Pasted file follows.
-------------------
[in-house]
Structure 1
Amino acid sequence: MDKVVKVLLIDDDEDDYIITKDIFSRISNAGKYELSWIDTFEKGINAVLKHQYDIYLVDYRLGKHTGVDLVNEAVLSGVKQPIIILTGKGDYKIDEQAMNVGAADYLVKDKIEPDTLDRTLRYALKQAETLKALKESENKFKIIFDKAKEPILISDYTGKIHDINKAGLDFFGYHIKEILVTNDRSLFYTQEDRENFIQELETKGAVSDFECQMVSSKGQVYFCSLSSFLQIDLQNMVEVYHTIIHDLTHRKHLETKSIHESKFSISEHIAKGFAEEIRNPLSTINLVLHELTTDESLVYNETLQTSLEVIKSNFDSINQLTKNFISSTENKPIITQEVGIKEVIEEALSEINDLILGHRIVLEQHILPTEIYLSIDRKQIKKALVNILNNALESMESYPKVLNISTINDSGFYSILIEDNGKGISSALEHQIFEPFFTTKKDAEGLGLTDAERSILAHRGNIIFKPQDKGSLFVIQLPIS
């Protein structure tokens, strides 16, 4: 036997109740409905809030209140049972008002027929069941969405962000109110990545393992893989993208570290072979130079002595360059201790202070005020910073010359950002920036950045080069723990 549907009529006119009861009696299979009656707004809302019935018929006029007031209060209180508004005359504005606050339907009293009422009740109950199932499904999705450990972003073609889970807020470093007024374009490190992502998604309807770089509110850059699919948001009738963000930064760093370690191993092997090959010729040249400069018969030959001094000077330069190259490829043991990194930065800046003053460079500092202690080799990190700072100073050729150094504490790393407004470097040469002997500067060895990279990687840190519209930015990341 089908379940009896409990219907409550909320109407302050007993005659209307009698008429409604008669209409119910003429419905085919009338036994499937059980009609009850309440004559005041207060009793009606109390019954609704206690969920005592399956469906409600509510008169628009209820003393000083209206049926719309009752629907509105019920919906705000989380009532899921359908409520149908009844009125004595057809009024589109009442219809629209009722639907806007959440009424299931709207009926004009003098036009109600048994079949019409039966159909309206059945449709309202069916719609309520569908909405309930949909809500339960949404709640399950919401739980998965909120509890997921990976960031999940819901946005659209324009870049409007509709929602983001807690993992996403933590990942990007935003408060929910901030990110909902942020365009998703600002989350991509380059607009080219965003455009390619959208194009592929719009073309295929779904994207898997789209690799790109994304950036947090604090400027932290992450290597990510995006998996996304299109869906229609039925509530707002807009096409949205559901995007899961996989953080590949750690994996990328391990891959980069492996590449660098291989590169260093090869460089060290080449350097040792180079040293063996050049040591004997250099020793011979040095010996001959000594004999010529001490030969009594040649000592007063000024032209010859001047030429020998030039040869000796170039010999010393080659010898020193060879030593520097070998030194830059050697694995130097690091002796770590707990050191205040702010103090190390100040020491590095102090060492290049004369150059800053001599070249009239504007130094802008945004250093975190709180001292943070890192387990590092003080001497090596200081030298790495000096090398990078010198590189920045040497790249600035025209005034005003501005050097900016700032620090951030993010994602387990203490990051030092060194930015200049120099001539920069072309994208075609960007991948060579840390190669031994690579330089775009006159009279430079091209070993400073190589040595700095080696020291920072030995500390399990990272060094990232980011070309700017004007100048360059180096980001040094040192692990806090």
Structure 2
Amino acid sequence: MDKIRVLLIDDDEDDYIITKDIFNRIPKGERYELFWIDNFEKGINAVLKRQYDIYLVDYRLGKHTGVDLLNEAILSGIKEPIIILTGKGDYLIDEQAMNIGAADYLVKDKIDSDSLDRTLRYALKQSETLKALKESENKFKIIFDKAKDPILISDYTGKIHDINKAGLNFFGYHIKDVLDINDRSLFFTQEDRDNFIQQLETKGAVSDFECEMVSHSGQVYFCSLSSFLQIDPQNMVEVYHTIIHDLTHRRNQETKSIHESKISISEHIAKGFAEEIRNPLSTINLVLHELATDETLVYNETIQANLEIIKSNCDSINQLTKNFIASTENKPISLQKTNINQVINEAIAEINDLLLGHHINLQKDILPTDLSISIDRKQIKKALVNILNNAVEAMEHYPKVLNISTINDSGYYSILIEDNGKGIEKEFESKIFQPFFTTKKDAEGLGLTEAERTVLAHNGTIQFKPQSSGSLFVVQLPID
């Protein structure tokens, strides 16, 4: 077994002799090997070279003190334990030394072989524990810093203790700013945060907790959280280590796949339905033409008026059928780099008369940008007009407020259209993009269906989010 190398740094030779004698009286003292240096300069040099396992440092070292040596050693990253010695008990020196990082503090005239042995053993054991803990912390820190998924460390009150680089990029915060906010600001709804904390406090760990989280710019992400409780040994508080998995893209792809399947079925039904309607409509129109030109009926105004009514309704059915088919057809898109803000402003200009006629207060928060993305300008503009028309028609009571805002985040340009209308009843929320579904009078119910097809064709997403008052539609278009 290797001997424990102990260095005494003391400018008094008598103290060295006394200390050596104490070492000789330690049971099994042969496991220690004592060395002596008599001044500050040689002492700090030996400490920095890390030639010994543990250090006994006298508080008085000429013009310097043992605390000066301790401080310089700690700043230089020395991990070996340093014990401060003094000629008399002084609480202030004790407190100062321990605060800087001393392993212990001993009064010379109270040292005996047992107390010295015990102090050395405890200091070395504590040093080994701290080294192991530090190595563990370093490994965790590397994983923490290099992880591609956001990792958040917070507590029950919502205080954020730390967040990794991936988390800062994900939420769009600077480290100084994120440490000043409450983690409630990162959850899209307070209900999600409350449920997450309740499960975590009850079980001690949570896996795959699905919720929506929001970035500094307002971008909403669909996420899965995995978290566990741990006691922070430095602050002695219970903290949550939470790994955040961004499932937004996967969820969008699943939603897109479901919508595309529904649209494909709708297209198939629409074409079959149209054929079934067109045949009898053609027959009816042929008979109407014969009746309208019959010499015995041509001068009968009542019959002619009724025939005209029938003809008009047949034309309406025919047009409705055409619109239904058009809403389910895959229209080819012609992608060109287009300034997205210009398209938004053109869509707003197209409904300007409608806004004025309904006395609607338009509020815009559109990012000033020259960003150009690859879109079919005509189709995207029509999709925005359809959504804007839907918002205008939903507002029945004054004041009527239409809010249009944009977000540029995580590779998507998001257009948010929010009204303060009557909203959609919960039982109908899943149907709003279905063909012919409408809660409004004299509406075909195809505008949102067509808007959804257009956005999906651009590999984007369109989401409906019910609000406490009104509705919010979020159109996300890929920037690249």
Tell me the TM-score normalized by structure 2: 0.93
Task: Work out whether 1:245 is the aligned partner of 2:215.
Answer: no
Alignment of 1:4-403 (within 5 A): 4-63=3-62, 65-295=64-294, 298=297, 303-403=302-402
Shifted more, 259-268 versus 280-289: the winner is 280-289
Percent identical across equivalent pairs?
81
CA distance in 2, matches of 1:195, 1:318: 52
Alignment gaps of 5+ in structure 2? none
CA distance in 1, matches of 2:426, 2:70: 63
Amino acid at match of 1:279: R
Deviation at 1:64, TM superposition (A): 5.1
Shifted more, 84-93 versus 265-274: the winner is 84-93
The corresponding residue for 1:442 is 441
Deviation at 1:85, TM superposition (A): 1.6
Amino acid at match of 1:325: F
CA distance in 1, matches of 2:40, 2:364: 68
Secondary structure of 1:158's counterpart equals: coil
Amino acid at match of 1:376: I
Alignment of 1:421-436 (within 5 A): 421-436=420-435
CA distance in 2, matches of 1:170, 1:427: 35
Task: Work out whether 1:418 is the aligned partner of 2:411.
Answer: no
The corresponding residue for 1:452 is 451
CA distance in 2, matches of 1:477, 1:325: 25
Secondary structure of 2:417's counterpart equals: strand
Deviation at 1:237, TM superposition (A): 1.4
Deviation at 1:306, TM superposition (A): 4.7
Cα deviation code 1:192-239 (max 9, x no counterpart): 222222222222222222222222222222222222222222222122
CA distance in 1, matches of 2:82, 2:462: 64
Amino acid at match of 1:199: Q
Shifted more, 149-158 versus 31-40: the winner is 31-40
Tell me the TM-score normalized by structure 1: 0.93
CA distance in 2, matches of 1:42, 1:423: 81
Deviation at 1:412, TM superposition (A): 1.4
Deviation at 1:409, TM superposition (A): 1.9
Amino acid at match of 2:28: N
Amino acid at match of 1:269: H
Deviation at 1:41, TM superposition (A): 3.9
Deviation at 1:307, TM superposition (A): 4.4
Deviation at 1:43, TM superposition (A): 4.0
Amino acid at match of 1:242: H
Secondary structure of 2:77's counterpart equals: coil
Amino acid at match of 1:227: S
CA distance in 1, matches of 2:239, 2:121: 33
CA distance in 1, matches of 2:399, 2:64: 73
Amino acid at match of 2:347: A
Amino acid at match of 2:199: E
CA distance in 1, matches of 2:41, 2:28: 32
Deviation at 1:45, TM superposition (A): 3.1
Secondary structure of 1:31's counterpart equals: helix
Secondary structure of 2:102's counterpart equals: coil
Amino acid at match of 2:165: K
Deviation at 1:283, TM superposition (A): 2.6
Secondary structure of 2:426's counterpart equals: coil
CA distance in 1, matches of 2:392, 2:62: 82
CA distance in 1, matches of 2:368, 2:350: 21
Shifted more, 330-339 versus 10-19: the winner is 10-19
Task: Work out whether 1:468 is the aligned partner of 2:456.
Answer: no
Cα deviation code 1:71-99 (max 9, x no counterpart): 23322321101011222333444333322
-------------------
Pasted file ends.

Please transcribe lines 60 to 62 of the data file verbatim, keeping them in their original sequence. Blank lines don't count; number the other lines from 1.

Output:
Amino acid at match of 2:165: K
Deviation at 1:283, TM superposition (A): 2.6
Secondary structure of 2:426's counterpart equals: coil